Speech from John McDonnell on the GLC, Thatcherism and local government in the 1980s
On 5 July 2016 Lambeth Libraries organised a sold out event in Clapham to discuss the local history of the rate capping dispute in the mid 1980s. Continue reading “Photos from Local Government in Revolt with John McDonnell, Ted Knight and Hazel Smith – 30th anniversary of the rate capping struggle”
Just after the 31 Labour councillors were surcharged and disbarred from office, the local Labour Party stood on a manifesto pledging “more homes and jobs”.
The manifesto was discussed and agreed by a series of working groups, open to all local Labour Party members who produced drafts before they were sent to the Local Government Committee for agreement. This was in stark contrast to the 1990 election manifesto which was imposed on Lambeth by Labour HQ in Walworth road.
Still defiant after the previous Labour council was crushed in the courts, Labour declared; “Labour realises that our policies may be deemed illegal by some. So be it! Since 1979 the Tory Government has had many of its actions declared illegal. by the courts, Locally they tried to shut down tbe Health Authority. When that was declared illegal, they changed the law. Their social security rules for bed and
breakfast were declared illegal, €e they changed the law. They expect us to break laws which demand decent housing and social services in order to fit their spending cuts laws. If we are faced with a choice between Tory demands to cut our services for local people and sack workers, or stand with local people demanding better provision, we will stand with the the people.”
It pledged that local people would be voting for: “keeping the necessary staff to ensure no cuts in services
no redundancies, the continuation of recruitment and no privatisation of council services”, “Resisting hotels and luxury housing on riverside sites at the detriment of the existing community. Defending the rights of local people against property speculators and ensure democratic control of planning” and “democratic control of the police”.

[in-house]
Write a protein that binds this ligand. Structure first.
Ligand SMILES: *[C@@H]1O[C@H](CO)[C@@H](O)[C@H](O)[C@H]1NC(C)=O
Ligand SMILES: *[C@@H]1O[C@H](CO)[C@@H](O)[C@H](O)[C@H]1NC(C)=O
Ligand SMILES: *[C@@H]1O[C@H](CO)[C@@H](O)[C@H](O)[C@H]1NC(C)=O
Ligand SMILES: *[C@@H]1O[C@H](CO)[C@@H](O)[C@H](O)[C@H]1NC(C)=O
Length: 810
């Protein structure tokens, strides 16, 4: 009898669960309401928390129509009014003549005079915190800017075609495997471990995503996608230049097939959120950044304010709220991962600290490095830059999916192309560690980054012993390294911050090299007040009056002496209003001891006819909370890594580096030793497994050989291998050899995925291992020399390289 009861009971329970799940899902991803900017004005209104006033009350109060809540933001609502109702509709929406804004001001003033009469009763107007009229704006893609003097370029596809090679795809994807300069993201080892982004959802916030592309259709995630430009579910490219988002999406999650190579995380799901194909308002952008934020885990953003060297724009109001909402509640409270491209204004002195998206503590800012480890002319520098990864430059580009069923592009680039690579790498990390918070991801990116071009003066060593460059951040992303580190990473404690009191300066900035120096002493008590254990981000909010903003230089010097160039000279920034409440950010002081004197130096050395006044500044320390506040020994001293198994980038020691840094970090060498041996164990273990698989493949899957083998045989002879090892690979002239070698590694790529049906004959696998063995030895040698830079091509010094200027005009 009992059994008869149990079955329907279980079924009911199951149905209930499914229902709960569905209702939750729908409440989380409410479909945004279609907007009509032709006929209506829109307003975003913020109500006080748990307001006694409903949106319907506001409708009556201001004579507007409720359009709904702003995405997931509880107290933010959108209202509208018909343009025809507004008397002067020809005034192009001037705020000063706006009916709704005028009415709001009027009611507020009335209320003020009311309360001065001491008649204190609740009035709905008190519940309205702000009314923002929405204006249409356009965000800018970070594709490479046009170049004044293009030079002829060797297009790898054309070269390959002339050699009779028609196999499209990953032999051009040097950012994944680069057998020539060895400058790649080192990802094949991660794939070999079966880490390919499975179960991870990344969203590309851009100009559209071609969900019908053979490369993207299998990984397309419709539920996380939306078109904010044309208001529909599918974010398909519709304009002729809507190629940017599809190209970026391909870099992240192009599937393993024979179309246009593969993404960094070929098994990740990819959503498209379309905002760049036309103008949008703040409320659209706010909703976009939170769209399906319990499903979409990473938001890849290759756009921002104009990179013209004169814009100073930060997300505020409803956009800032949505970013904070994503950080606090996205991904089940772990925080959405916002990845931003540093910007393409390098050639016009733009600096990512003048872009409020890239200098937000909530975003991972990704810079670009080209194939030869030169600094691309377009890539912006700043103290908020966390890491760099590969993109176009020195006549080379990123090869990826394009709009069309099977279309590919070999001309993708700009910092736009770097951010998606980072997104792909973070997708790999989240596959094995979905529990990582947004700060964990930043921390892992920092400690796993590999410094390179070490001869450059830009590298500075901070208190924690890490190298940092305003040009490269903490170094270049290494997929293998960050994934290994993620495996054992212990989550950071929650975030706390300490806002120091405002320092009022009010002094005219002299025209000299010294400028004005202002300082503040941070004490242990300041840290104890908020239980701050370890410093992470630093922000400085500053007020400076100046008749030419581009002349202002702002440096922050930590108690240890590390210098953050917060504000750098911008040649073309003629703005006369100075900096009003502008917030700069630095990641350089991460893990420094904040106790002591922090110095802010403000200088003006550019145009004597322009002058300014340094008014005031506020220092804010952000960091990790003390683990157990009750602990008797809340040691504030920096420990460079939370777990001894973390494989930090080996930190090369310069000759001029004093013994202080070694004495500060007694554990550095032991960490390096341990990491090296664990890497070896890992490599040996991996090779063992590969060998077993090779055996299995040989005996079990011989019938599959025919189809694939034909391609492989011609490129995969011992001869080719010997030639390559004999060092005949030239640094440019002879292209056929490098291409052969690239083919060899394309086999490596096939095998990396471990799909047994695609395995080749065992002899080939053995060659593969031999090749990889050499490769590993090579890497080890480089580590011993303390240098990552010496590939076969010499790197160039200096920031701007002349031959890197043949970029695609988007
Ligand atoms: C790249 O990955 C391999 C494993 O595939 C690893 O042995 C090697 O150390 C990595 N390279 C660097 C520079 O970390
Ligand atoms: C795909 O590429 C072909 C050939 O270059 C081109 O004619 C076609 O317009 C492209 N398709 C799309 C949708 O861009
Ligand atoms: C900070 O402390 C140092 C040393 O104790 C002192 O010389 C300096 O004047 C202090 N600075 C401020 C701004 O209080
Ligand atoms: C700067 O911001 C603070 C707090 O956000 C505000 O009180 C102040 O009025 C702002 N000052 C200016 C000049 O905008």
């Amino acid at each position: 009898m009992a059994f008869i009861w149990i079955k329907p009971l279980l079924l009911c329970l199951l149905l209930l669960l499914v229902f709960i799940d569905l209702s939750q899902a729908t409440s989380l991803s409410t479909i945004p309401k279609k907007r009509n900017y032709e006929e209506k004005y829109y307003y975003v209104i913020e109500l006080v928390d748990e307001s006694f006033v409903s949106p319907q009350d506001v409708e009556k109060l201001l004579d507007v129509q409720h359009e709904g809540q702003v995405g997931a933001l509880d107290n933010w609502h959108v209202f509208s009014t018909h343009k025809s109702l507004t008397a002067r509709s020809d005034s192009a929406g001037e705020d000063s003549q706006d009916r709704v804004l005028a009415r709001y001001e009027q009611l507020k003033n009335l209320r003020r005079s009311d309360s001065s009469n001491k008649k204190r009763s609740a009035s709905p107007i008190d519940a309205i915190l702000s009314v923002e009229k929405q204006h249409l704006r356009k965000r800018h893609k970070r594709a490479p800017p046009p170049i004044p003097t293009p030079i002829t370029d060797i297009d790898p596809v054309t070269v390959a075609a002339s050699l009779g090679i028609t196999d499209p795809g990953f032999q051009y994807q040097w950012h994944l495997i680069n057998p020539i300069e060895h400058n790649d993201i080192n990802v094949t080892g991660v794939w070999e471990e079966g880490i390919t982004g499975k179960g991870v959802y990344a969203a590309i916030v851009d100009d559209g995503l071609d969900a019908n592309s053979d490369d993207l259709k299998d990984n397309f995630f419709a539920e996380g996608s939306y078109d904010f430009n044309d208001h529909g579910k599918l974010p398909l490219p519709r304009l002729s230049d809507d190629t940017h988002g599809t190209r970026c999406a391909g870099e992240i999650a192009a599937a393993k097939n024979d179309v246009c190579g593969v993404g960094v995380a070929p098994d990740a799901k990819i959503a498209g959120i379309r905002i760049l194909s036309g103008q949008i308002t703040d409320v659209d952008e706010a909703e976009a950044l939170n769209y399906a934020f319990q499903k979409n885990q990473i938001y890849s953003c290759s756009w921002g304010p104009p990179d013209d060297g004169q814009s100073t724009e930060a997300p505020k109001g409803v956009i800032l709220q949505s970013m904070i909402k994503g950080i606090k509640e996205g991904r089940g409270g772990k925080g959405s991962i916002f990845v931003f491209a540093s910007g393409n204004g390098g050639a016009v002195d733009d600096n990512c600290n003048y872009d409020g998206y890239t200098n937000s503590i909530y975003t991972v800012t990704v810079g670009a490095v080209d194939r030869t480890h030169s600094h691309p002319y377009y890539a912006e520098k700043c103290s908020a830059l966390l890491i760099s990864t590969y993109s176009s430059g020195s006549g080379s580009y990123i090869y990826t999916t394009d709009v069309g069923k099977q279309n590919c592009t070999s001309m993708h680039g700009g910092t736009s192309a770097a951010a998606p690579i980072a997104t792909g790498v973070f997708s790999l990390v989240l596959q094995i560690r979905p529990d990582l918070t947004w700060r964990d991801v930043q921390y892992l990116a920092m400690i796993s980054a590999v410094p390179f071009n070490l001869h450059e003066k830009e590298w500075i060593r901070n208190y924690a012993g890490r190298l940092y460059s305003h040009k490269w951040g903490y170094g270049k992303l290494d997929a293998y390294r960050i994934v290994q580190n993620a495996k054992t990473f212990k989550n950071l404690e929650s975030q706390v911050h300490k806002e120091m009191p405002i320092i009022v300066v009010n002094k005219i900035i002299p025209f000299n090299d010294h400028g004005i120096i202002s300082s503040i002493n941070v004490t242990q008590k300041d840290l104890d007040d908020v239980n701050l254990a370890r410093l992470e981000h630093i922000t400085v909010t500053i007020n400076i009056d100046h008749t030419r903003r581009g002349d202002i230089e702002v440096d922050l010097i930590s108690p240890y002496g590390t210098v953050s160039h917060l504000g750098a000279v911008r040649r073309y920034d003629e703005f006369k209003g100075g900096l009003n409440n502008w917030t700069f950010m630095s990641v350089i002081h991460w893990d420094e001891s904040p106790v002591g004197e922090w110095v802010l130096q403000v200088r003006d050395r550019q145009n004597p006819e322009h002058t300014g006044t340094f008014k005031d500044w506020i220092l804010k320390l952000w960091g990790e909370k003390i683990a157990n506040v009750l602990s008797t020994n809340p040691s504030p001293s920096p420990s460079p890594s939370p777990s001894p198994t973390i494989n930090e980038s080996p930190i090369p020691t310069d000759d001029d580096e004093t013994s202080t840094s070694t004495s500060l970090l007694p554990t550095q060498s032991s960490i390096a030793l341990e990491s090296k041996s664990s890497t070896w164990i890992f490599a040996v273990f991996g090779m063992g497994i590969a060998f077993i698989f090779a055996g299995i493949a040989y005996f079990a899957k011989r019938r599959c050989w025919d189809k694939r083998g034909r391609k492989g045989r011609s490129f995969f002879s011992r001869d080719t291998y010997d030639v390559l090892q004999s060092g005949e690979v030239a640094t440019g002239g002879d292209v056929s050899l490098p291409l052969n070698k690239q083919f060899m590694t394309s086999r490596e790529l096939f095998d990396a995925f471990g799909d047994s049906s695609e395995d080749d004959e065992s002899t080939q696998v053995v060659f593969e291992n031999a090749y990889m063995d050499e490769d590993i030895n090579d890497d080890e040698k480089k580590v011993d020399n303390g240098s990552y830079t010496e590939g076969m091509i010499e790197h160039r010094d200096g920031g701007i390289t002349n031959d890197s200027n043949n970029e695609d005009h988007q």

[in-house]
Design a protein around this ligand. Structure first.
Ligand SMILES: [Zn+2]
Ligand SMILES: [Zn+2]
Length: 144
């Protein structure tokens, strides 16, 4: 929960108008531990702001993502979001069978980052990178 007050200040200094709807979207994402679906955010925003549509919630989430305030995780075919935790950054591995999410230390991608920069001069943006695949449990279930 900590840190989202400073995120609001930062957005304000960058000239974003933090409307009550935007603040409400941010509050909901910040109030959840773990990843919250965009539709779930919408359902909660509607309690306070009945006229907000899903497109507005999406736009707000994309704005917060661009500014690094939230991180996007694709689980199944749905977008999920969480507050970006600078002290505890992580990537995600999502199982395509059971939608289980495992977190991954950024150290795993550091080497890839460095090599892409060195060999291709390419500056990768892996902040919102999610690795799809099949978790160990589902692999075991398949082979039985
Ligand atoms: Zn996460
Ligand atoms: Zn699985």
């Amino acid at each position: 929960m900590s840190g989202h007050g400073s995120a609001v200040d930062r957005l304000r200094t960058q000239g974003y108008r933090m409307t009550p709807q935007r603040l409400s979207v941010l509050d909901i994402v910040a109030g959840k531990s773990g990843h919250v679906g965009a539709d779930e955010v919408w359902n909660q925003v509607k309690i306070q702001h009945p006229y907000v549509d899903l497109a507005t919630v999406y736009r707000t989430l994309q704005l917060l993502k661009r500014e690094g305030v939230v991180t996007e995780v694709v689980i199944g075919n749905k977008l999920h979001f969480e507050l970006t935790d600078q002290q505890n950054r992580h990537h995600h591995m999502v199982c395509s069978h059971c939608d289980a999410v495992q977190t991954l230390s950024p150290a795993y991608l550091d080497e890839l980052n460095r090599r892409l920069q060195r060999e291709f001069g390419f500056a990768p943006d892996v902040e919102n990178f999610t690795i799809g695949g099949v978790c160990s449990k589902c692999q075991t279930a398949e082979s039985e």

You can download the manifesto below:
Video from The London Programme, made on the eve of the Lambeth councillors verdict in the High Court where they were surcharged.
Many of these photos are taken from the pamphlet “He was only the District Auditor, but…” which was published in 1986 to raise money to pay for the fines imposed on 31 Lambeth councillors who defied rate capping the year before.
The photos from the pamphlet were taken by NALGO member Dave Stewart.
“The Labour Party has always quietly congratulated itself as being, almost by definition, the anti-racist party. It may be true that very few Black comrades take up positions as Party activists, that fewer still are elected in the name of the Labour Party to public office and that a Black delegate to Annual Conference is still a rarity, but the reasons for this, whatever they may be, cannot be the racism of the Labour Party structures themselves. Just how true is this myth ?”
This 20 minute long documentary was made by Yvette Vanson, director of the Battle of Orgreave, in 1986. It explains why Lambeth Council resisted the moves by the Thatcher government to cap their local rates which would have meant millions of pounds worth of cuts in service provision.
Features interviews with local people, councillors and trade union activists.
Radical Lambeth is a project to record the experiences of people in the borough from 1978-1992.
Radical Lambeth was rejecting Rate-capping and setting illegal local budgets to meet people’s needs.
Radical Lambeth are the people who fought against Margaret Thatcher’s cuts and then Neil Kinnock as he sought to challenge the control of the left in the local Labour Party.
Radical Lambeth was the site of two riots in Brixton, where local people fought back against police violence and discrimination.
Radical Lambeth is the place which had a massive squatting community and an LGBTQ scene.
Radical Lambeth was the ‘Loony Left’, regularly scoffed at in the tabloid press.
But what do the people of Lambeth think about their own history?
The purpose of Radical Lambeth is to chronicle the experiences and history of local people through interviews and collecting archive research.
Radical Lambeth is local history project that will tell the tale of a local community, the politicians and the trade unions and how titanic struggle that wracked Britain in the 1980s played themselves out in an inner London borough.
If you were living in, working in or politically active in Lambeth between 1978-1992 then I would love to hear from you.
Please email email@example.com to get in touch.